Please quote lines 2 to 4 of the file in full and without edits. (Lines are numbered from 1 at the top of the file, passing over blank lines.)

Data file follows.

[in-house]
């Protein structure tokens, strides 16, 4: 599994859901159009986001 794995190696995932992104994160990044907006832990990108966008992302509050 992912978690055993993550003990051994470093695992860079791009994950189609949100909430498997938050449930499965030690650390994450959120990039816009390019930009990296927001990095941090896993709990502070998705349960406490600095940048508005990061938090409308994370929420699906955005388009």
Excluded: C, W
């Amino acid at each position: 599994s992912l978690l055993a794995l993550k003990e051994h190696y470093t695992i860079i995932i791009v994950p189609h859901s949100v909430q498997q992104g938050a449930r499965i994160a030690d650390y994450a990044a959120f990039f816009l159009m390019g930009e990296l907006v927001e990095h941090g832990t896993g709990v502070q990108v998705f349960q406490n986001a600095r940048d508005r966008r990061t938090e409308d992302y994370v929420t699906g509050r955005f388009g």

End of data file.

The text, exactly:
């Protein structure tokens, strides 16, 4: 599994859901159009986001 794995190696995932992104994160990044907006832990990108966008992302509050 992912978690055993993550003990051994470093695992860079791009994950189609949100909430498997938050449930499965030690650390994450959120990039816009390019930009990296927001990095941090896993709990502070998705349960406490600095940048508005990061938090409308994370929420699906955005388009």
Excluded: C, W
């Amino acid at each position: 599994s992912l978690l055993a794995l993550k003990e051994h190696y470093t695992i860079i995932i791009v994950p189609h859901s949100v909430q498997q992104g938050a449930r499965i994160a030690d650390y994450a990044a959120f990039f816009l159009m390019g930009e990296l907006v927001e990095h941090g832990t896993g709990v502070q990108v998705f349960q406490n986001a600095r940048d508005r966008r990061t938090e409308d992302y994370v929420t699906g509050r955005f388009g």